The piglice are threatened by displays of manly virtue and pepper-spray unarmed men like a couple of frightened womyn; they would have us bow down and submit to the gynecocracy. Notice that they are not able to comprehend the tribal war dance. Only once the orificers are given 'cultural sensitivity' training will they be able to nod their heads and approve. Sadly, most White Men of the West have lost touch with their base instincts.
SALT LAKE CITY: Police in the small Utah town of Roosevelt who used pepper spray and batons on spectators performing the haka at a high school American football game, have been cleared of wrongdoing.
It was the first time the police had seen New Zealand's native Maori challenge performed and took action against the fans, including a dozen people from a single family, one aged 4.
An investigation by the police of Roosevelt, 230 kilometres east of Salt Lake City, cleared their own officers of misconduct in the October incident and said their actions were appropriate because they feared a riot was imminent.
But the Utah branch of the American Civil Liberties Union said the police report was "anything but objective" in a letter sent this week to Duchesne County Attorney Stephen Foote.
The ACLU was concerned that the decision to pepper spray during a cultural ritual may have violated the spectators' constitutional rights, wrote interim director Joseph Cohn.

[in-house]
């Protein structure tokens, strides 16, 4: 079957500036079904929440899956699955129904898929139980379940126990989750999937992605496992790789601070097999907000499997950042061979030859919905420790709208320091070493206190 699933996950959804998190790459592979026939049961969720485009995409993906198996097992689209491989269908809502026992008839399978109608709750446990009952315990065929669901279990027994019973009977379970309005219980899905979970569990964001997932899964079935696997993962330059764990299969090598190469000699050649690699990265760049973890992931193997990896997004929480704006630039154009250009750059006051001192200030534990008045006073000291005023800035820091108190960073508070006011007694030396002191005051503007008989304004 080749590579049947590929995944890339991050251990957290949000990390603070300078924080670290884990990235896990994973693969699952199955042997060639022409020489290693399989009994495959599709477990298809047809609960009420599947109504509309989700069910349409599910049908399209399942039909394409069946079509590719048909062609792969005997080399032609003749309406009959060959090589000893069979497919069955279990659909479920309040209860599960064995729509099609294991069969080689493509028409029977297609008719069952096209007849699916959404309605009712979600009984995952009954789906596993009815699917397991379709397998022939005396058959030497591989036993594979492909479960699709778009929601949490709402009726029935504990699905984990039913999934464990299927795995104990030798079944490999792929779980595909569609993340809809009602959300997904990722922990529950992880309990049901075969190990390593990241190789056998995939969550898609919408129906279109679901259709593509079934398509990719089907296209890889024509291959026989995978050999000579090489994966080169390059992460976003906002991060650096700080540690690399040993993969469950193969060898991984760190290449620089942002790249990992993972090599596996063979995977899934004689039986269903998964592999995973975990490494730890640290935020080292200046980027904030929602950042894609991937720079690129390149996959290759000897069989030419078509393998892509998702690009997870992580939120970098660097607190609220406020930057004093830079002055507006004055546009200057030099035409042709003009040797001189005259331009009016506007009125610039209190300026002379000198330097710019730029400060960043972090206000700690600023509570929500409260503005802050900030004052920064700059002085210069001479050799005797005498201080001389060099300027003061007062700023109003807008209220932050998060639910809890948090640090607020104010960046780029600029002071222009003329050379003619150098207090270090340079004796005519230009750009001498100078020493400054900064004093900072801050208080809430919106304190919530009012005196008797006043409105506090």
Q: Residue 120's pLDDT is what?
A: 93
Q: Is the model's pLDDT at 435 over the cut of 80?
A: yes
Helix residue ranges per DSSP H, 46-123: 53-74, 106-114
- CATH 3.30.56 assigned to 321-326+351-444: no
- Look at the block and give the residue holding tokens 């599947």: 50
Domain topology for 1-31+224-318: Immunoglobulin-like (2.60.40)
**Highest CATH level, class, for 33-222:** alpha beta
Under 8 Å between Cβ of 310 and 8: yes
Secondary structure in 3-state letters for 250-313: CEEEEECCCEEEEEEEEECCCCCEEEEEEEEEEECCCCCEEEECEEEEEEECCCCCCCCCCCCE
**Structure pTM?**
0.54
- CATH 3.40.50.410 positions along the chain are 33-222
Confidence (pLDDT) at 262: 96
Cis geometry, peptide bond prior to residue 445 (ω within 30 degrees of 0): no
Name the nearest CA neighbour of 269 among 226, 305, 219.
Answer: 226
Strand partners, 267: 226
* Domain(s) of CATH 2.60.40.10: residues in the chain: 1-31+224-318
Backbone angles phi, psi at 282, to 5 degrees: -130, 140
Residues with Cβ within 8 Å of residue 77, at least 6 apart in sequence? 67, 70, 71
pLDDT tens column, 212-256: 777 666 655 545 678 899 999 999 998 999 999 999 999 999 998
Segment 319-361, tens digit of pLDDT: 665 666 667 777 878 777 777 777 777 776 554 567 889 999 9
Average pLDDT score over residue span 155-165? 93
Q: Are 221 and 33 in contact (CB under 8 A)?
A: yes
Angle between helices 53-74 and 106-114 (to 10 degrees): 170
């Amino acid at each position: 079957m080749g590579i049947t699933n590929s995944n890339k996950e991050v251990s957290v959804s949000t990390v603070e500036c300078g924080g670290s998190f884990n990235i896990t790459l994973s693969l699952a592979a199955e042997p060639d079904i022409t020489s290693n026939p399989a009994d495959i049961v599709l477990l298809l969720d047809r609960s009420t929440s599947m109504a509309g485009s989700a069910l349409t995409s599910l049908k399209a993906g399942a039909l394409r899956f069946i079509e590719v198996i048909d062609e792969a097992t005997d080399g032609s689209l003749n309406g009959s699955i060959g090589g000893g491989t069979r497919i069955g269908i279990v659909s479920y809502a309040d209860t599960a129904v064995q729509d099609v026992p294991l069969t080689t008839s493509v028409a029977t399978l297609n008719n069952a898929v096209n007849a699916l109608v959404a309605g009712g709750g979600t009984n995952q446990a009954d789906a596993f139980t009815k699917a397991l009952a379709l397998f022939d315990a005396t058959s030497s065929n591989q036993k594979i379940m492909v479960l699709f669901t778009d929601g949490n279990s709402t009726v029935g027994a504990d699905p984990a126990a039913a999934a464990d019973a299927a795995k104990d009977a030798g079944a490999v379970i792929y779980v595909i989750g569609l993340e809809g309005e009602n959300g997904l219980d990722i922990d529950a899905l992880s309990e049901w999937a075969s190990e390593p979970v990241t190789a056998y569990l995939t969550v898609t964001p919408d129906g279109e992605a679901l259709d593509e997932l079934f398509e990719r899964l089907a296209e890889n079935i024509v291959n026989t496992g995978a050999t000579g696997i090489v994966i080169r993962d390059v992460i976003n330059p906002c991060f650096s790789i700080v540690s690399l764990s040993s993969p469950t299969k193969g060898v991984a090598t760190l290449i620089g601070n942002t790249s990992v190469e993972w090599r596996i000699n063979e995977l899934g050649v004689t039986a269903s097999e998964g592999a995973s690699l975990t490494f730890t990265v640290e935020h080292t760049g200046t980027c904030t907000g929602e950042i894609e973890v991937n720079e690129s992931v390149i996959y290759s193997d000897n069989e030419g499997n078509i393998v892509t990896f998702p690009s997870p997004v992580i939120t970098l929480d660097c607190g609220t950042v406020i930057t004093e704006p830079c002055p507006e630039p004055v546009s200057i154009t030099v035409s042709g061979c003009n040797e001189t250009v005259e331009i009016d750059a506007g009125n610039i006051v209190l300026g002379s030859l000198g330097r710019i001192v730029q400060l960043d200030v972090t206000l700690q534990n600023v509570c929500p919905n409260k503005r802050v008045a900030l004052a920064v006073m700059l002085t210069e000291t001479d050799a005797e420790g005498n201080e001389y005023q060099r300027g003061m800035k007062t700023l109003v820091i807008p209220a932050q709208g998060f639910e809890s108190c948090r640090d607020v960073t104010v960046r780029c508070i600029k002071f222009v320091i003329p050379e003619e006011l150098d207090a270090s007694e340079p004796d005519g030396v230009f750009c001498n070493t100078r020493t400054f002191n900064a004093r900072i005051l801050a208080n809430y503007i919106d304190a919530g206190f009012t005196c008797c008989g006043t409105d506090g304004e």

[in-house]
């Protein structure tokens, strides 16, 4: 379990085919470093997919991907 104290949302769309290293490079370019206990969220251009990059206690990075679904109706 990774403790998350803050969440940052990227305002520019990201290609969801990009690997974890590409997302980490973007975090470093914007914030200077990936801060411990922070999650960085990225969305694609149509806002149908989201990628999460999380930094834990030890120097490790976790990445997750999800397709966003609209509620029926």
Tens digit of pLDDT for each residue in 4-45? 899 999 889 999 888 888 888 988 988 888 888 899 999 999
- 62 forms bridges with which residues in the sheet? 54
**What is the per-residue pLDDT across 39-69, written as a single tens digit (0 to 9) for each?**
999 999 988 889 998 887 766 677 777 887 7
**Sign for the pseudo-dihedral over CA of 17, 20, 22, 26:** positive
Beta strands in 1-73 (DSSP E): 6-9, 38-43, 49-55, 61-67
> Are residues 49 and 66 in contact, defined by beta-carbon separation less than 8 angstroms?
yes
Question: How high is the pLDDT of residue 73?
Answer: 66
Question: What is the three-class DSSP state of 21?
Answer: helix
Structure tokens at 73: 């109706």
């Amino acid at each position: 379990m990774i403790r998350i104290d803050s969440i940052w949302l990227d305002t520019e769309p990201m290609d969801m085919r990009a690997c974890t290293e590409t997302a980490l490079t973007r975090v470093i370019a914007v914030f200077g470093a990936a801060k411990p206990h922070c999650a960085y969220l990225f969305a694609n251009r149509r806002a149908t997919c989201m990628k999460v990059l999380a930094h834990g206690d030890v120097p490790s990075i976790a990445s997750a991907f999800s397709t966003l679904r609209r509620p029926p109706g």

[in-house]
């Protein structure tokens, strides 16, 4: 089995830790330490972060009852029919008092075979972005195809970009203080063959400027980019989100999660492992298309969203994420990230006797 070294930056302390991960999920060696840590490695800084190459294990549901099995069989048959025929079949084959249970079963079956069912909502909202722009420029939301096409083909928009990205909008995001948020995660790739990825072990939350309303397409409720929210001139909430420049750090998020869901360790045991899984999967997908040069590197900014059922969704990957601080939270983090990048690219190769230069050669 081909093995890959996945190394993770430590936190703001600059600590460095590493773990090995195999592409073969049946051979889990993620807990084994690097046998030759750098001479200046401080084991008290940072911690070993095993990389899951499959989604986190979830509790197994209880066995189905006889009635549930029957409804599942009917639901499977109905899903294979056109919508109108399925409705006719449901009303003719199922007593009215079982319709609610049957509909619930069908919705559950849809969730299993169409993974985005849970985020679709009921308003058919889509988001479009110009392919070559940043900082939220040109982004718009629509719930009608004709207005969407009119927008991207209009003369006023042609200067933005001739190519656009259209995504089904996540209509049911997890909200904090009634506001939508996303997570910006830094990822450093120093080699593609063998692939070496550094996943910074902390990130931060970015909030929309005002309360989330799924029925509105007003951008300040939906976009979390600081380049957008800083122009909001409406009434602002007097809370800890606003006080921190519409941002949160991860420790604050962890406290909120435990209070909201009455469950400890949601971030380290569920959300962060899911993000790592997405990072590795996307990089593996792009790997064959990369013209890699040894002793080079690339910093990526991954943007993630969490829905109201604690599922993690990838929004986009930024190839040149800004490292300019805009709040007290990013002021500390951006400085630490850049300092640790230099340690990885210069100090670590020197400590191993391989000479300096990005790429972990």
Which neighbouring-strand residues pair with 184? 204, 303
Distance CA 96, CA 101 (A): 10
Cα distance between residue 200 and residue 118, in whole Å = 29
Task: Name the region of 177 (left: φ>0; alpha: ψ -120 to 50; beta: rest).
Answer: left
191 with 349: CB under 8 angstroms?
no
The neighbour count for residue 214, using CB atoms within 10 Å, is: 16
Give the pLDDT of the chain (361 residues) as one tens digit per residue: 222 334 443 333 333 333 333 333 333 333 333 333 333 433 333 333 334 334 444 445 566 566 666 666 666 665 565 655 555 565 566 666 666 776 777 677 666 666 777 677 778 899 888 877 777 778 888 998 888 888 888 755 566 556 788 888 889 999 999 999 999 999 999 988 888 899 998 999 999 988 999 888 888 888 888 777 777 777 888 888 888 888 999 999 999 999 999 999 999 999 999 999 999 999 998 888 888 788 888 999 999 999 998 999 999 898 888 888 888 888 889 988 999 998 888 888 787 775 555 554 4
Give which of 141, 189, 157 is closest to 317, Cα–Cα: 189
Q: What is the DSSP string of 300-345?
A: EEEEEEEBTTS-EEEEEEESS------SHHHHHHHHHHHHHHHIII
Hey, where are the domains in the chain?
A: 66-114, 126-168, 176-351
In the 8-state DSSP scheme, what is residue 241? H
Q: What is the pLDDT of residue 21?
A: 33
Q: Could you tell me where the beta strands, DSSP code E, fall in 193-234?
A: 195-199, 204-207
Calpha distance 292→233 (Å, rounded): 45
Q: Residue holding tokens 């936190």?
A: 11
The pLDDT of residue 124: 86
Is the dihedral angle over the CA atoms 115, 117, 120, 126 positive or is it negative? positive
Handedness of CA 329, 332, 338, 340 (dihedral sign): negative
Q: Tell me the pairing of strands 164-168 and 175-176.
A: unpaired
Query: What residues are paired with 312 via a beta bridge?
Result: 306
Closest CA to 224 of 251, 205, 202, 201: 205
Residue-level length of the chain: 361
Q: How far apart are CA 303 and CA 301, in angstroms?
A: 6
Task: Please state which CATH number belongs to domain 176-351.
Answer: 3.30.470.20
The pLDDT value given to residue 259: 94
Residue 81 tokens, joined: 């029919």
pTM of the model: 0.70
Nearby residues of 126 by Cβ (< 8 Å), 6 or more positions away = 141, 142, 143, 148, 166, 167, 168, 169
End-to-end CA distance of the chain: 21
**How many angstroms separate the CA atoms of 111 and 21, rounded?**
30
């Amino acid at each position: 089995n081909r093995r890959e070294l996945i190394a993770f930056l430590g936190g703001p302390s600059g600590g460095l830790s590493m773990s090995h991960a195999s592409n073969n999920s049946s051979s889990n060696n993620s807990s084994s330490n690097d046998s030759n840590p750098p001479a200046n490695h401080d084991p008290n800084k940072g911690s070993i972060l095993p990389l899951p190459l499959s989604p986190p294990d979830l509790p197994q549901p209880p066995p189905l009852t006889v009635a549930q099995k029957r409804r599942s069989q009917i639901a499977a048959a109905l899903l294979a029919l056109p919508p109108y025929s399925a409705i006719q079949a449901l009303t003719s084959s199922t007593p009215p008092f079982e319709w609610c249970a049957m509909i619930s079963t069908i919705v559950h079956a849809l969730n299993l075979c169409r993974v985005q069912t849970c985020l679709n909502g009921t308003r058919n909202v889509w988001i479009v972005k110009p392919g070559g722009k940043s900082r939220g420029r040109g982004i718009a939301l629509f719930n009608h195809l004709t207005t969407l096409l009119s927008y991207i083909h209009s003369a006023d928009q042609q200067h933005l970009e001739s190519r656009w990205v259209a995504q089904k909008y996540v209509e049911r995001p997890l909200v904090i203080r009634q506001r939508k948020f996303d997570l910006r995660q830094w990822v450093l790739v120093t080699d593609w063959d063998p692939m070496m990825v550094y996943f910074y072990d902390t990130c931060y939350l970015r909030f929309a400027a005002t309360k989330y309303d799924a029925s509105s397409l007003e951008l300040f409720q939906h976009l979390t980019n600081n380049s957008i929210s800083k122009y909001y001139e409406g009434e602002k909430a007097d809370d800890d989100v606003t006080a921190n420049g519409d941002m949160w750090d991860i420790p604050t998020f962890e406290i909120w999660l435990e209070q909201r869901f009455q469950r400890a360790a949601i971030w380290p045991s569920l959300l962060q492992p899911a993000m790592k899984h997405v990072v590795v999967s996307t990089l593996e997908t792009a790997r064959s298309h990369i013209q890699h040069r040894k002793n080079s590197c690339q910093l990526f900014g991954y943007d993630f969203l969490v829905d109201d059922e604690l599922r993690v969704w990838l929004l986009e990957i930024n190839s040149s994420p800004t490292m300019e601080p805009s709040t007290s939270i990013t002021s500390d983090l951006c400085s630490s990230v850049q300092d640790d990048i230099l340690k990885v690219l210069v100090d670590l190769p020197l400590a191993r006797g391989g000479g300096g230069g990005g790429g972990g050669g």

He also noted that the police failed to consider a video of the haka or statements from 15 witnesses who said they did not feel threatened by the performance.
A haka, which usually lasts less than a minute, has been performed by New Zealand rugby teams as a pre-match challenge for more than 120 years around the world.
The haka has spread to at least a dozen American football teams at US high schools, especially those with large numbers of Polynesians.
On October 20, one Polynesian family drove 200 kilometres to Roosevelt to watch a relative play his final game for Union High School.
Union lost to finish the season winless. To cheer up the team, a group of Polynesian men and boys performed a haka.
Officer Luke Stradinger, who deployed pepper spray, apologised in the police report for causing "discomfort" to innocent bystanders, but said he wasn't familiar with the haka and was concerned because the group was blocking the only exit from the field for the teams.
"I have never seen such an event, or even heard of such a thing," Stradinger said.
Officer Wade Butterfield, who used a baton to disperse the group, said he became worried during the game because some of the people were yelling obscenities at the referees and acting in an unsportsmanlike manner.
"I have seen a riot firsthand and know how dangerous they can be in an instant," Butterfield said. "No more force was used than was necessary to defuse the situation."
Roosevelt police said officers will be given additional training in cultural diversity and customs.